According to William Buckley, the American people attempt to avoid excessive, irrational resentment over certain circumstances. Buckley’s essay ‘Why do not we complain?’ explains challenging situations in which he was involved, but no one tried to improve them. Buckley believes that there are several causes why people in the United States do not take action when protesting is essential. Hence, the first reason is that everyone expects someone else to complain. The author understands that such a public position is unlikely to help solve the difficulty. Most people suppose that a person will take responsibility and resolve the problem for themselves and others. Although, in reality, there are few such personalities, so no one recognizes the role of an activist.
The crucial point described by the author in his article was the expectation that the other person would react to the obstacle. For example, he adopted a moment from a railroad trip when the temperature was too high, and absolutely everyone did not desire it (Buckley 1). Nevertheless, they waited for the bravest to resolve this difficulty. Moreover, it should be remarked that the writer was weary of the train, but he also did not dare to declare the inconvenience. As a result, because all passengers chose the waiting strategy, they continued the journey in distressed conditions.
In his essay, Buckley argues that people are losing the ability to express genuine feelings and emotions; many examples and reasons for these issues are given. The most critical thing about this is that hiding true beliefs can lead to distorted values, addictive behavior, in the course of which people often succumb to manipulations and social pressure. Moreover, they become slaves to public opinion and break down their lives. If somebody allows being silenced by human weaknesses, it can lead to vulnerability, driving to the increasing destruction of individual rights. Everyone often ceases to the crowd’s pressure and is afraid to complain because of being worried about the outcomes.
No one wants to seem pushy and stand up for their rights. Instead, everyone worries about what other people will think of when they begin to express feelings. After all, often, excessive frankness upsets many or even most people. As a result, complaining can lead to opposition or even fierce resistance. That is why American culture has become passive and malleable. One can see the author’s frustration with the unwillingness of many Americans, their reluctance to muster the courage to object to important issues, especially given the enormous social unrest and protests of the period (Buckley 3). At the same time, the importance of change is noted, and the author wants people to speak up and be heard.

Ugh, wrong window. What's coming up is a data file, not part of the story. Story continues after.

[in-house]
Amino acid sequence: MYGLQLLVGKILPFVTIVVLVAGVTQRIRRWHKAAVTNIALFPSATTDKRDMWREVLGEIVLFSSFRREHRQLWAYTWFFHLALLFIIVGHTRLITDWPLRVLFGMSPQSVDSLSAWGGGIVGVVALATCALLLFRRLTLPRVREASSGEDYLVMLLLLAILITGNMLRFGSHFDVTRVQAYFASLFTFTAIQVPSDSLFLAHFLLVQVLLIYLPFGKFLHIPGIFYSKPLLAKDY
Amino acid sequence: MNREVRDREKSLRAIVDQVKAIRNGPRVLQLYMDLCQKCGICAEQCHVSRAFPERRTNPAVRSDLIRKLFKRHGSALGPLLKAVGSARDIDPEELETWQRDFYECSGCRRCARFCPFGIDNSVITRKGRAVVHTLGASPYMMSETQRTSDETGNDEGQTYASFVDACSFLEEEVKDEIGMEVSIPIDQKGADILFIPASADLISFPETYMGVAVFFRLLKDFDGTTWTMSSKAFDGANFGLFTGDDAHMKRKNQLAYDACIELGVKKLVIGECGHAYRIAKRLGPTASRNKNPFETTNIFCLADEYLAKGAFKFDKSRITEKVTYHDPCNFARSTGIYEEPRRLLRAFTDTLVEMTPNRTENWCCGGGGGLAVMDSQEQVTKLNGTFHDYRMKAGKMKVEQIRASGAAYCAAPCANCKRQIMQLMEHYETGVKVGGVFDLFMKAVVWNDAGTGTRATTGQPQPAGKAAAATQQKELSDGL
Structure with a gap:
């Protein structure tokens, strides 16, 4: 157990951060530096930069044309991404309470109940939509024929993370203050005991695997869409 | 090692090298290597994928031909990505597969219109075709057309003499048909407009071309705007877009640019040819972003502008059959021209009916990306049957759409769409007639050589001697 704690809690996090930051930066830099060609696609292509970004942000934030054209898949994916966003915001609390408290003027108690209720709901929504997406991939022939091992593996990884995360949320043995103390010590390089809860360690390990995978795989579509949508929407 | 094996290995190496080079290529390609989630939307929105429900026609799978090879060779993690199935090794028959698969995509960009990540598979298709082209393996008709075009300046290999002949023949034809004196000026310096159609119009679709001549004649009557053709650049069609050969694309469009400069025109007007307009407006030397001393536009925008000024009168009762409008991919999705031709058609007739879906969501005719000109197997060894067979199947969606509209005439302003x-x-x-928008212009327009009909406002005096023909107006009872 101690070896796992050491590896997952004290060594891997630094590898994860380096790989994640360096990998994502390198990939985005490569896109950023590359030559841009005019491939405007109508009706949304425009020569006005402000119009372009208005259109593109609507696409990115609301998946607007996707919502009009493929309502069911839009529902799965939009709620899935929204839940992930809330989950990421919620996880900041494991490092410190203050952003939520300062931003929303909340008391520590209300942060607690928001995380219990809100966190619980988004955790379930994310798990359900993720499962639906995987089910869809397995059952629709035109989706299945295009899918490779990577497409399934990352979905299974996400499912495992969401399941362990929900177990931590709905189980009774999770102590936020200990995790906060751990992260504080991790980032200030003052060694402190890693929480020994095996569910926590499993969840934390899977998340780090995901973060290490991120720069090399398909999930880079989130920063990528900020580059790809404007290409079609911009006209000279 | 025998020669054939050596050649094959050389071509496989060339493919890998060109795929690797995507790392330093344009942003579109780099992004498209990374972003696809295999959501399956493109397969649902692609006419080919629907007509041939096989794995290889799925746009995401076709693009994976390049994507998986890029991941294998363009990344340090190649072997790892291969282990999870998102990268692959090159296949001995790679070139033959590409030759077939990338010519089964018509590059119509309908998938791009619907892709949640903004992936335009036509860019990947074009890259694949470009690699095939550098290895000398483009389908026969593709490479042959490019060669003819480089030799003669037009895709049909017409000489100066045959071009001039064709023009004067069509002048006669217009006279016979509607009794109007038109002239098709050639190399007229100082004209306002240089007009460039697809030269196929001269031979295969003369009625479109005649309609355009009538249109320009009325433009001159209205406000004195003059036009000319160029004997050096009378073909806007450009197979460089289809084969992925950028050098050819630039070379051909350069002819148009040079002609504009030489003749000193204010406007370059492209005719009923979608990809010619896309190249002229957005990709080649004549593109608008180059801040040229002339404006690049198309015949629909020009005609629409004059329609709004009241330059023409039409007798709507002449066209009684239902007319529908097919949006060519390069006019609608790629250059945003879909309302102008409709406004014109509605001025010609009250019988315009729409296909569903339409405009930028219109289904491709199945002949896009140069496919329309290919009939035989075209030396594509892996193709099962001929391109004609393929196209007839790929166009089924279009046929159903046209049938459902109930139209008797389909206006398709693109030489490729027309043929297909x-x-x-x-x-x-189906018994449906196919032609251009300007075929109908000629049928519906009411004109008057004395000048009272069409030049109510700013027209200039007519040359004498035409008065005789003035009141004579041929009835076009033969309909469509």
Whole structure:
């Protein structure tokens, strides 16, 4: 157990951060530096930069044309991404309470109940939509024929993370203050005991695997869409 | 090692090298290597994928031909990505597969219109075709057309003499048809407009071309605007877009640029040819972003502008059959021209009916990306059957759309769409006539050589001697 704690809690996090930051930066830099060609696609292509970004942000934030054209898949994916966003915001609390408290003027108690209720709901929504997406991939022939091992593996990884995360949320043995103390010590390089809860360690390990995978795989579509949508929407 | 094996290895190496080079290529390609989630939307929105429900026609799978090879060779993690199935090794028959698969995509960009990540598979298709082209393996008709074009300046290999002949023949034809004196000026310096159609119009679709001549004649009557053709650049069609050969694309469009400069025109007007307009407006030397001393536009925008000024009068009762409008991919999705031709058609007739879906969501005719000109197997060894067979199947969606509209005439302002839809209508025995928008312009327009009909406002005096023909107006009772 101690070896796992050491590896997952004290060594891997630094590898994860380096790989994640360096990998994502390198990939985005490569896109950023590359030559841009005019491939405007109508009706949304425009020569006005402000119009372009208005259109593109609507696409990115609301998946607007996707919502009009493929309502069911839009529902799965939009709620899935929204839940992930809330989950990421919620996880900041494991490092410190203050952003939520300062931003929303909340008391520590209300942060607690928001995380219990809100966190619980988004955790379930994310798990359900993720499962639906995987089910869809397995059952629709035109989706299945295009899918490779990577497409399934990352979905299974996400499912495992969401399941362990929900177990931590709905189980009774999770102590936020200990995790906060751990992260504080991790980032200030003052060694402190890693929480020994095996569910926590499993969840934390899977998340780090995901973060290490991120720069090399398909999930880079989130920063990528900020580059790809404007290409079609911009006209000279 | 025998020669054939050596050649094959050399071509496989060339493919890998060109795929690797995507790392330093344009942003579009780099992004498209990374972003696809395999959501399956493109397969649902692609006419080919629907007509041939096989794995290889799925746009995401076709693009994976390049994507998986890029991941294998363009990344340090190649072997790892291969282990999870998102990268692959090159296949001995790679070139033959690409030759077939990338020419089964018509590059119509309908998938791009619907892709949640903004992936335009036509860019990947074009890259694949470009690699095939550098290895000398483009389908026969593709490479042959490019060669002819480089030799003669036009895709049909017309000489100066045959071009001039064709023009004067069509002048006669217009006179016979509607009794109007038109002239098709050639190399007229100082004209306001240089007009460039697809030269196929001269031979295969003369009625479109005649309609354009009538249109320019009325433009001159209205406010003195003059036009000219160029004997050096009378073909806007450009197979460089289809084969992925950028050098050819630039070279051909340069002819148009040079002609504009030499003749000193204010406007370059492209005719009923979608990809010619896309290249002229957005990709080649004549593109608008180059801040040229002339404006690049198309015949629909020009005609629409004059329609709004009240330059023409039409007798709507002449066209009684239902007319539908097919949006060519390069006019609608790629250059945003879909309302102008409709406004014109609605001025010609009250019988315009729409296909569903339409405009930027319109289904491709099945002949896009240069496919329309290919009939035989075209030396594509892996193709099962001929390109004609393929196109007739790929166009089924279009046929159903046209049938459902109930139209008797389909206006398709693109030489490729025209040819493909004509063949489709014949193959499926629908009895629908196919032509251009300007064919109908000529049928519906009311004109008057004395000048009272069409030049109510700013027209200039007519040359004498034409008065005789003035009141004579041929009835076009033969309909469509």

It is also worth discussing the third significant reason, according to Buckley. He explains that the government has the capability to restrict humans’ rights. The author argues that citizens have shifted responsibility for meaningful events to the state leadership. Thus, the authority is liable for the deaths of Americans in Korea and distributes the nation’s budget, which consists of taxes. Buckley believes that only a few Americans can demonstrate their own vision of important issues in the country (Buckley 5). However, it is crucial to understand whether the government limits the ability of people to express their position, which may contradict the general opinion. It is possible that all three ideas described by the author affect the silence of citizens.
Buckley, William. Why Don’t We Complain? The Power to Persuade, 1989.